The last night of the year. Now the days of winter begin and the Goblin King rides abroad, searching for his bride…
All her life, Liesl has heard tales of the beautiful, dangerous Goblin King. They’ve enraptured her mind, her spirit, and inspired her musical compositions. Now eighteen and helping to run her family’s inn, Liesl can’t help but feel that her musical dreams and childhood fantasies are slipping away.
But when her own sister is taken by the Goblin King, Liesl has no choice but to journey to the Underground to save her. Drawn to the strange, captivating world she finds―and the mysterious man who rules it―she soon faces an impossible decision. And with time and the old laws working against her, Liesl must discover who she truly is before her fate is sealed.
Rich with music and magic, S. Jae-Jones’s Wintersong will sweep you away into a world you won’t soon forget.
I dnf’d this at 34%. Funny actually. I was reading a lot of it in one sitting in the start and it was actually quite easy to read. Bit of flowery language, but okay. The further I got, the more unbearable the story got for me though…
I picked it up, because it sounded like Labyrinth, my favourite Fantasy movie with David Bowie and Jennifer Connelly. It is based on the story and you can see lots of parallels, the biggest being the Goblin King himself, who is described as sly and cunning, as well as fair and cruel. He does look like Jareth as well. Not sure if he’s rocking the same awesome outfit though. He better.
Anyways.. the main topic in this book is music. There’s lots of talk about different instruments, different musical pieces and the making of them. Many technical terms are getting thrown around and I was a bit lost (and didn’t care). I know how to read notes. I can play the flute & piano 😀 But I don’t know anything about diminished seventh(?), fifth, fourth, sonata, quadrille etc. And I don’t want to learn either, thank you. The main character is a talented musical composer but for some reason thinks she is the least important of her siblings and needs to suffer all the time. I don’t know why she thinks she has to do it, but she does. There’s also lots of emphasis on how plain looking, but clever she is. Her younger sister Kaethe is the beauty, but she’s also shallow and dumb as f*ck.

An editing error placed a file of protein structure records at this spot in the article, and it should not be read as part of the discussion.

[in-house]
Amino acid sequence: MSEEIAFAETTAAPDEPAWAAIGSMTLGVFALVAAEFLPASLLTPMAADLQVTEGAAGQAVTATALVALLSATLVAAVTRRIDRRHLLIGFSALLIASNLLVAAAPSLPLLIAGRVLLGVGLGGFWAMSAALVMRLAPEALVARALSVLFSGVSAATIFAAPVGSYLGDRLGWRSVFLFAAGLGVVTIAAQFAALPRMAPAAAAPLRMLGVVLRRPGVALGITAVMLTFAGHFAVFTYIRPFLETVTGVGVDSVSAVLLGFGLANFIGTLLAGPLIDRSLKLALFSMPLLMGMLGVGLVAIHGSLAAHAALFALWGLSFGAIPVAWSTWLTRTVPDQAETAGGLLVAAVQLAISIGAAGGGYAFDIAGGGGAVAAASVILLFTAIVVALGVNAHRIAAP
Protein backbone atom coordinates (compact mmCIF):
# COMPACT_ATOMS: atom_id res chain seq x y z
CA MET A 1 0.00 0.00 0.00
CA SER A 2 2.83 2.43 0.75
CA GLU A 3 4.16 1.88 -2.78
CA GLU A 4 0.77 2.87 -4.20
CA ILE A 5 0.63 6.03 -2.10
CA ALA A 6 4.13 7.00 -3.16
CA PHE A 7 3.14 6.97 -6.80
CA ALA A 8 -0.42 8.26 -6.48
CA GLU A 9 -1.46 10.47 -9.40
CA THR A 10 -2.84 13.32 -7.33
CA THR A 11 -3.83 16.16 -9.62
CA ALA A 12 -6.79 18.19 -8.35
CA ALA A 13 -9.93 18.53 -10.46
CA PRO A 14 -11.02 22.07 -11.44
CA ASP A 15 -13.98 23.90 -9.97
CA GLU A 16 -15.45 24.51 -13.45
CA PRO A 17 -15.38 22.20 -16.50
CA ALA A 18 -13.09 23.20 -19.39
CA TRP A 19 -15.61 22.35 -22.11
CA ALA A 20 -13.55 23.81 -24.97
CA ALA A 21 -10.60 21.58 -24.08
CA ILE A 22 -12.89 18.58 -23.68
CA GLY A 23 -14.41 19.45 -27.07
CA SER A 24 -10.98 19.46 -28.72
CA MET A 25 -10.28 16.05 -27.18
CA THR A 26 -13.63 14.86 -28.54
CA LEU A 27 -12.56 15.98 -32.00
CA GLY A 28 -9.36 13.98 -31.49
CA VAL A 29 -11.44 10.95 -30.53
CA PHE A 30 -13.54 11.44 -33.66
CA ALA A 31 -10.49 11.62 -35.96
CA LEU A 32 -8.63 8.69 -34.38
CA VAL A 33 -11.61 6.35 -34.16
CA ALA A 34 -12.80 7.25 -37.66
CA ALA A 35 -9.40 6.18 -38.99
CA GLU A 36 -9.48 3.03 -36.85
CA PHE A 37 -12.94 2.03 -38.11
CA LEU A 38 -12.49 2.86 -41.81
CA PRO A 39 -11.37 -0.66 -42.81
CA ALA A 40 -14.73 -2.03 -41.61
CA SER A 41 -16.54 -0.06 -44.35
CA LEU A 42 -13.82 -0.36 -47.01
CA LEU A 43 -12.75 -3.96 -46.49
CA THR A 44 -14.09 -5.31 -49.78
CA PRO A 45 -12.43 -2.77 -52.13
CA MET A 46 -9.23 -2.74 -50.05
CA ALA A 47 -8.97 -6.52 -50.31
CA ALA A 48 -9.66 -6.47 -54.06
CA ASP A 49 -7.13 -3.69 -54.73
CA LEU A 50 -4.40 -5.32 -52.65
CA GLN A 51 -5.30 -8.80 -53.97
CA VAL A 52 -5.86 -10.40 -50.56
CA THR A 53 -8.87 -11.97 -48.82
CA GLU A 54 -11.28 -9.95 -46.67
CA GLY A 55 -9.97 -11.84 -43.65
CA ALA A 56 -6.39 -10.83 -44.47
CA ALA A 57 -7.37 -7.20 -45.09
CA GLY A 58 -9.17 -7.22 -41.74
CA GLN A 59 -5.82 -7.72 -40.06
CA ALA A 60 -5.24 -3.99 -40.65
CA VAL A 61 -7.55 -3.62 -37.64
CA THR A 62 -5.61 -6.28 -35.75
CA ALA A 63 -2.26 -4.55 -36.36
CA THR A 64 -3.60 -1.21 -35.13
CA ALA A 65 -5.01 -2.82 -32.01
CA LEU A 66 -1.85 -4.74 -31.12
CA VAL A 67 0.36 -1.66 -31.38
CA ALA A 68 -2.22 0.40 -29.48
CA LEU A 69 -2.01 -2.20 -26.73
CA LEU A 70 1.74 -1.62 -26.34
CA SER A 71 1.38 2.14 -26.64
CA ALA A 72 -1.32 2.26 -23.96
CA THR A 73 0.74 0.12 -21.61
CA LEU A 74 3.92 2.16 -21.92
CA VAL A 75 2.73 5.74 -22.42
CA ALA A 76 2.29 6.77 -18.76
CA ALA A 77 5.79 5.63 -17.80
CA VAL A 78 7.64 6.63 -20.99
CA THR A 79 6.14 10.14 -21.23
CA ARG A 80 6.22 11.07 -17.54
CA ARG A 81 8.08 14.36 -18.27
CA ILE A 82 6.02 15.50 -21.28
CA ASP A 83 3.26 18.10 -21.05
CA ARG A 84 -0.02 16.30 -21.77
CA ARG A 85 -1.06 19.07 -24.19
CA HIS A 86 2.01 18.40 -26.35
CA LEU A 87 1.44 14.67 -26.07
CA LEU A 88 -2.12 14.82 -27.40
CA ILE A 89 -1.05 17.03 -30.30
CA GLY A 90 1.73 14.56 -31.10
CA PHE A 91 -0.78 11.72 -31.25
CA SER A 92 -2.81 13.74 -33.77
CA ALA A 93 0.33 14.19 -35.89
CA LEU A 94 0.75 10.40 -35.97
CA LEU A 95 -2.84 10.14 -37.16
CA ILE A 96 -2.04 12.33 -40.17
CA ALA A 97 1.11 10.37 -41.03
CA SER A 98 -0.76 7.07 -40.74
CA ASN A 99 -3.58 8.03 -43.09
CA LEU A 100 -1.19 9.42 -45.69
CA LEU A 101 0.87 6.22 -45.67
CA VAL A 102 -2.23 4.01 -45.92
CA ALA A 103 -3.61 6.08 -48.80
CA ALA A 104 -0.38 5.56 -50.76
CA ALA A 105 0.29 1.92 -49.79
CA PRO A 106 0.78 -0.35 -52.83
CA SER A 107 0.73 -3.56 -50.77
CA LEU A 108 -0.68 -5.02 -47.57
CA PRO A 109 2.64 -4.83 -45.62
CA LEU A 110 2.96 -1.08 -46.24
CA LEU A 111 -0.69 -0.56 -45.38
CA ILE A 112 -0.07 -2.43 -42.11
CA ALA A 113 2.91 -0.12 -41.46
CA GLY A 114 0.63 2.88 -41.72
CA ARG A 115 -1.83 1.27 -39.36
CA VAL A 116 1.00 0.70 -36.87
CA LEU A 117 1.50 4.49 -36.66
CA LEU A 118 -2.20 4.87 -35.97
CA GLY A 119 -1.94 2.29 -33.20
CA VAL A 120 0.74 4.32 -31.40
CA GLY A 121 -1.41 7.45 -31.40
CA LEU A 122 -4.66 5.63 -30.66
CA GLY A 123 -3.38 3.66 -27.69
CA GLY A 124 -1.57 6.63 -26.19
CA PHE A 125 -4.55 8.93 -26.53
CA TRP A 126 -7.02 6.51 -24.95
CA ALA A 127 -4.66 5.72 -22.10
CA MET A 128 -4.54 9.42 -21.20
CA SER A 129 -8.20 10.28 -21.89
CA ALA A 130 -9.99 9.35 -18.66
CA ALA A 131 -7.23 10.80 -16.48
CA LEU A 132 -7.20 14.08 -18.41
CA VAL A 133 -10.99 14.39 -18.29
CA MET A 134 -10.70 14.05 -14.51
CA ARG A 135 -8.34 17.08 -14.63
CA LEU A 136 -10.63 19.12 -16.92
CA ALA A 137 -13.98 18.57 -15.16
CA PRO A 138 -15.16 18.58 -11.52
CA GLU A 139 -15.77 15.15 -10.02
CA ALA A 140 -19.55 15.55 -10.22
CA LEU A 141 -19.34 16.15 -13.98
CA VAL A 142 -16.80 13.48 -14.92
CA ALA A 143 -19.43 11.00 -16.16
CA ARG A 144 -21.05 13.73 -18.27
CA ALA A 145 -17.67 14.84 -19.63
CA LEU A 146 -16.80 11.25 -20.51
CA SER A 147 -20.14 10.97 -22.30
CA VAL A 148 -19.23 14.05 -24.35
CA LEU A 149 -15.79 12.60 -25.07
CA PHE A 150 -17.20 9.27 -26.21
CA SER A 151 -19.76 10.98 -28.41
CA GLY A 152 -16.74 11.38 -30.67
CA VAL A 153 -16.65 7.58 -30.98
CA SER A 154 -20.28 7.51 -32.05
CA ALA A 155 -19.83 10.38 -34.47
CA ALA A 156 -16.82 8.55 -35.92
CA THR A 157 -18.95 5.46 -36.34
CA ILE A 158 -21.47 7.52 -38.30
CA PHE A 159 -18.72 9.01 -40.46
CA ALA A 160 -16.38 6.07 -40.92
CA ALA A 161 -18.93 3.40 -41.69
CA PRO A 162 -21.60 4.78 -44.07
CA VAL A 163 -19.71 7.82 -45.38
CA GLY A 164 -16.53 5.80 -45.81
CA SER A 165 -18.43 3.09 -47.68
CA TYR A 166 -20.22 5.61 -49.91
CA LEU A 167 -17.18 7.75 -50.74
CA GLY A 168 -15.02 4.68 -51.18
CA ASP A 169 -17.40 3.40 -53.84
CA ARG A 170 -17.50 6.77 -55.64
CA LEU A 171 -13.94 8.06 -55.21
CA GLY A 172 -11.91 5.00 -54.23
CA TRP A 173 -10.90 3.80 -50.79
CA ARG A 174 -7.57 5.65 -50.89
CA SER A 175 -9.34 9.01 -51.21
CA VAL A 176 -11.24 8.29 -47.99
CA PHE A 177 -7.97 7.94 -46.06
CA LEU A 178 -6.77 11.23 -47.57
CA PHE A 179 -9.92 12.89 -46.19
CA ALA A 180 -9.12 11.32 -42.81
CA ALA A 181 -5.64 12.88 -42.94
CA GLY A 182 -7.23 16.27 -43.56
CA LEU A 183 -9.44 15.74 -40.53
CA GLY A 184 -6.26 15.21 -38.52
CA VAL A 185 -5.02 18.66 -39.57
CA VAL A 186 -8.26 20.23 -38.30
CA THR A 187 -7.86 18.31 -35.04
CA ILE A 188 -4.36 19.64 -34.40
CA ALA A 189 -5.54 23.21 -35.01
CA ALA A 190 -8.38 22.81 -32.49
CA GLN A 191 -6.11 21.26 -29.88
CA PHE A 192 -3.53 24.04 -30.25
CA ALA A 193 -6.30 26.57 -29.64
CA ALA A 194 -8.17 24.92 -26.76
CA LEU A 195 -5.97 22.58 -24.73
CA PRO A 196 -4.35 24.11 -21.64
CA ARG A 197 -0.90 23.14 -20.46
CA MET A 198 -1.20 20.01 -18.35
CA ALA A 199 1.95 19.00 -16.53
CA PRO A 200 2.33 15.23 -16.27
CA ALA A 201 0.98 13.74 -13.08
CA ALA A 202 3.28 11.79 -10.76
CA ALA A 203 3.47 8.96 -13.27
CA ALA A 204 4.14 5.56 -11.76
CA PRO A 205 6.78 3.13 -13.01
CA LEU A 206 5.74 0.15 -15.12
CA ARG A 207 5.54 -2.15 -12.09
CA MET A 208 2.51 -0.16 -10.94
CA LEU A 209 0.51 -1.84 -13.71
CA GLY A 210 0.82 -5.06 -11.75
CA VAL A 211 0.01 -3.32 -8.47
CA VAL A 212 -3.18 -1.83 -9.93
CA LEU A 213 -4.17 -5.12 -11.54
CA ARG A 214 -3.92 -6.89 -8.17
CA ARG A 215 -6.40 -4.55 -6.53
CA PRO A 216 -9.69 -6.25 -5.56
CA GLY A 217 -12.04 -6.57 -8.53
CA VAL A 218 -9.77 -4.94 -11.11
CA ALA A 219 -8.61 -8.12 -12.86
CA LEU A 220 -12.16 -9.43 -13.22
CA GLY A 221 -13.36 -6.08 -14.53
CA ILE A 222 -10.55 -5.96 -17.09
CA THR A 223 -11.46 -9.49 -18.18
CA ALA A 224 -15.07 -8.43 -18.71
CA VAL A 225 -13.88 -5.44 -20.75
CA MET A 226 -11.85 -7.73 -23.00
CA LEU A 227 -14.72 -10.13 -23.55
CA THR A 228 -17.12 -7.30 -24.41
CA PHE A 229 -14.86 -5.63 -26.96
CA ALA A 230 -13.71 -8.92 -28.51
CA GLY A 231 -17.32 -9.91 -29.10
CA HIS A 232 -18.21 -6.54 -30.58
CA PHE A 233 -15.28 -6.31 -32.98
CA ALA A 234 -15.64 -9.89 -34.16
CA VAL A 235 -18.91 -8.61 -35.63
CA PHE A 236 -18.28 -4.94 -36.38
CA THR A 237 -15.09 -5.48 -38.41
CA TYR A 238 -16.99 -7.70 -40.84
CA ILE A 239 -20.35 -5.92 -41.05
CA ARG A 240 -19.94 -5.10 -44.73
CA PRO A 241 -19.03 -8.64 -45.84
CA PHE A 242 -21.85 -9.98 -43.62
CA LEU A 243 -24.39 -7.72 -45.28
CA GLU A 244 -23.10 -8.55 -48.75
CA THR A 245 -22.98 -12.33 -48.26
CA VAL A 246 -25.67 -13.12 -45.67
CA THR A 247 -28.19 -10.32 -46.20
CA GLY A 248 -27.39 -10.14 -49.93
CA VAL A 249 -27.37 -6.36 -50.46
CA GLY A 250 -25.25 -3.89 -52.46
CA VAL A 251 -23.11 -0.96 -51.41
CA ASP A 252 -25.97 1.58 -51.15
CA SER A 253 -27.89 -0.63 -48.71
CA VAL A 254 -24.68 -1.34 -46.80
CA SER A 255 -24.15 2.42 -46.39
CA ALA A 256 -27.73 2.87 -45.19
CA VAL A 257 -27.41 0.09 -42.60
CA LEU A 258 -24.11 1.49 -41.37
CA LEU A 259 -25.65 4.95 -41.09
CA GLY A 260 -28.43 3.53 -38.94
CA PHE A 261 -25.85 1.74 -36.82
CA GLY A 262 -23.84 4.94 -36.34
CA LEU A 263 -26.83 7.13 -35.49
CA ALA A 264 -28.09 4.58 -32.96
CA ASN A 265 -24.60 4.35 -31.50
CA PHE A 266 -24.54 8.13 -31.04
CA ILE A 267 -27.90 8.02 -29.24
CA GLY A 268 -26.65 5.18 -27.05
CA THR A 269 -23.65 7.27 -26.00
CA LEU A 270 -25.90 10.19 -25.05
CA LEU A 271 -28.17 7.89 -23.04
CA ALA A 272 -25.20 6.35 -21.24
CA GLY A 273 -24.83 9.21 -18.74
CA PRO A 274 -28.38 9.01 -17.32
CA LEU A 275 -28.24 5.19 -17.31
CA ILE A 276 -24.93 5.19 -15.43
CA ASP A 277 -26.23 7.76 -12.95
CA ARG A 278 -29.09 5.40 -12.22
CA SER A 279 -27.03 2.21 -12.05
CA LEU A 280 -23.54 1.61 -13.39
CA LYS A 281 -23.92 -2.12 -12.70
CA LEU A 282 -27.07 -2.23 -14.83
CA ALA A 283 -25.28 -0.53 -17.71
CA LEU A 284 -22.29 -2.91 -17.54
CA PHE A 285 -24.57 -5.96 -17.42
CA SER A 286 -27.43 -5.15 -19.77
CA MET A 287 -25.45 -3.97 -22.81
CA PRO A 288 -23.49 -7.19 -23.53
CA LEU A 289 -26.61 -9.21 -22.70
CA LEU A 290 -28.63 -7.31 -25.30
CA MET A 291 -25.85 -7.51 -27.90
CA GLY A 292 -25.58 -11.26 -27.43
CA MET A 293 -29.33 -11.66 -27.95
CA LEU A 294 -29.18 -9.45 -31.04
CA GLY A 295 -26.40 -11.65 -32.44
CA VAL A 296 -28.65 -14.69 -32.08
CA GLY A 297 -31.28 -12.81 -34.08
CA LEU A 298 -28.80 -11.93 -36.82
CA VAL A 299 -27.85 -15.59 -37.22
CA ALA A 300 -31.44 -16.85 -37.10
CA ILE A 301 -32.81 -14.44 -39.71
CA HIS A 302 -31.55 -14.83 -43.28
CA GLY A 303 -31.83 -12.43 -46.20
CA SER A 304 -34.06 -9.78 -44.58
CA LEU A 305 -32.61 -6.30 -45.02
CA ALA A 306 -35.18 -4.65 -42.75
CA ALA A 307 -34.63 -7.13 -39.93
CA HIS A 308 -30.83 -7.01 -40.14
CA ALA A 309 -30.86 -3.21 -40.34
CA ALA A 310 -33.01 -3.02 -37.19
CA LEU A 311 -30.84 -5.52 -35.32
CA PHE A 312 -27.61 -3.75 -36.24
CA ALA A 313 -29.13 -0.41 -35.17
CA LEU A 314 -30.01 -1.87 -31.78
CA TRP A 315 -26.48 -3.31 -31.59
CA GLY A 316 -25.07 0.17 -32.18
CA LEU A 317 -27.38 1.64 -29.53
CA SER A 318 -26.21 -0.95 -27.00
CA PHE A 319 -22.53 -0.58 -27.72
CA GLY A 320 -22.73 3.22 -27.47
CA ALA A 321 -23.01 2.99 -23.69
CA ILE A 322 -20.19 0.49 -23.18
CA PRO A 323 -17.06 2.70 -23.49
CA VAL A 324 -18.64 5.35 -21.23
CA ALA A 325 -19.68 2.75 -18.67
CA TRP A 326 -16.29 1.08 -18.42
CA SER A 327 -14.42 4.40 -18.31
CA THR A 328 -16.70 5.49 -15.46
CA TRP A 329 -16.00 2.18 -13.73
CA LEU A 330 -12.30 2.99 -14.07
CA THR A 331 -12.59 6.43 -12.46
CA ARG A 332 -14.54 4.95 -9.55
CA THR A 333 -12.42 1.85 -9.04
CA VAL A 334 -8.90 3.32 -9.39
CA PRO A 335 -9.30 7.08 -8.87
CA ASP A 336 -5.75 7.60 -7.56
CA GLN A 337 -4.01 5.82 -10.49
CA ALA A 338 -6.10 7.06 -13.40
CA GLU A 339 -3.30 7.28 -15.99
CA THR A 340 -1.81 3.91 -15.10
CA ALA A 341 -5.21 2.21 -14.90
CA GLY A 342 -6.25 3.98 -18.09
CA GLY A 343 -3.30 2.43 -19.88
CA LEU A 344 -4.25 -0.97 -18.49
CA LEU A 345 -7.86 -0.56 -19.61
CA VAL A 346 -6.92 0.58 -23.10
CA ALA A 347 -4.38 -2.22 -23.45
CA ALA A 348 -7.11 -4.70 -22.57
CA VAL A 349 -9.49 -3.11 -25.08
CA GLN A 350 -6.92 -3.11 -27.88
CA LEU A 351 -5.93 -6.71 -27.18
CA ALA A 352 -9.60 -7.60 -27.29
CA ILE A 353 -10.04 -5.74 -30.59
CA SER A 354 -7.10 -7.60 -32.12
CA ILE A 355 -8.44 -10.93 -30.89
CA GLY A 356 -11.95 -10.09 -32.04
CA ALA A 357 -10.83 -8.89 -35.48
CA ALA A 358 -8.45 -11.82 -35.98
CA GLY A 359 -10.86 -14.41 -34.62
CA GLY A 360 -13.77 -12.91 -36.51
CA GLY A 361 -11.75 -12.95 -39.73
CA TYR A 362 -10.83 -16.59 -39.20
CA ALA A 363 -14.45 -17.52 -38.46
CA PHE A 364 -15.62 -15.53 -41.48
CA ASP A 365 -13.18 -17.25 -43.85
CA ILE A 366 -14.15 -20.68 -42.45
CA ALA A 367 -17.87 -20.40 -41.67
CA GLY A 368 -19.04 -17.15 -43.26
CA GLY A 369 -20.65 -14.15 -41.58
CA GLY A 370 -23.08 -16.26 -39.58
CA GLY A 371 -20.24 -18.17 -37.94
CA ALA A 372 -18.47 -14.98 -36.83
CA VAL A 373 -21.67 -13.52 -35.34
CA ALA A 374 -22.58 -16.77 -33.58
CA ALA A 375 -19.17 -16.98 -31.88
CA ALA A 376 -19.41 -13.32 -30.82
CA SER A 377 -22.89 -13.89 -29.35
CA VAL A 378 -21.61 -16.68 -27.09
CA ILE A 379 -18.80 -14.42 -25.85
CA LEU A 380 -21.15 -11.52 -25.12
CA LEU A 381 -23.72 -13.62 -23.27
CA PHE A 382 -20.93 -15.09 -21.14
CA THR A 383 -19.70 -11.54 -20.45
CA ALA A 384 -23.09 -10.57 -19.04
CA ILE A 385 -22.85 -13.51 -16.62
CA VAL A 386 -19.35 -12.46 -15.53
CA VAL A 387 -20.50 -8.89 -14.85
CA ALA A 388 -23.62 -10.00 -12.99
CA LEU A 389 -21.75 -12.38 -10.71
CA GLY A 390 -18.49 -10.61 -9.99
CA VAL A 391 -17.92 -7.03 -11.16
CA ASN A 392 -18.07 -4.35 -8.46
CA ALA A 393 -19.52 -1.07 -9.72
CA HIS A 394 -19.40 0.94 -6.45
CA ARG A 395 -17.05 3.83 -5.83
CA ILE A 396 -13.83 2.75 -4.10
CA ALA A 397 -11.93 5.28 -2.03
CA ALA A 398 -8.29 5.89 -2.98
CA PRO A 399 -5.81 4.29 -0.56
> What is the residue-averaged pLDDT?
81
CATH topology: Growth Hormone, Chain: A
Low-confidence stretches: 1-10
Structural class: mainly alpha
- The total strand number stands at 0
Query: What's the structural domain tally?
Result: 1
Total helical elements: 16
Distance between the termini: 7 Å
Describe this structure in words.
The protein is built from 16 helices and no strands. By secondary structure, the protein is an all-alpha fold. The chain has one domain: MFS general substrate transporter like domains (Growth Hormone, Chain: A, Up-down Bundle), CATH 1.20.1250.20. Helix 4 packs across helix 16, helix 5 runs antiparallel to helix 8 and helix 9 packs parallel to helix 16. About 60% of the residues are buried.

So don’t expect anything new or different.
What annoyed me as well, was the use of the German Language in it. There’s a couple of random words that are used all the time. It takes place in Bavaria and all the main characters of course have German names. Say hi to Kaethe, Liesl and Sepperl. The author couldn’t have picked more common German names. I have to admit that it was irritating for me sometimes. Especially when a German sentence was used and it had 2 grammar mistakes in it. That seemed amateur-ish. This is probably not a big deal – I assume most people who read it don’t know German. But it just stood out for me. I can look over spelling mistakes if there are not too many. But I can expect a published author to have a better editor or do some research on German grammar.
There’s lots of repetition of phrases and words as well and once Liesl enters the Underground to rescue her enchanted sister Kaethe, who gets sexually assaulted by several goblins and likes it (but she is enchanted!), I quickly knew, that this wasn’t for me.
Even the Goblin King started acting all funny. After he was introduced as this powerful, cruel, emotionless and inhuman creature who likes playing with the lives of humans, he starts being all blushy-blushy when Liesl walks into his room while he was still in bed.
Oh boy, no, let me forget this whole experience pretty quickly.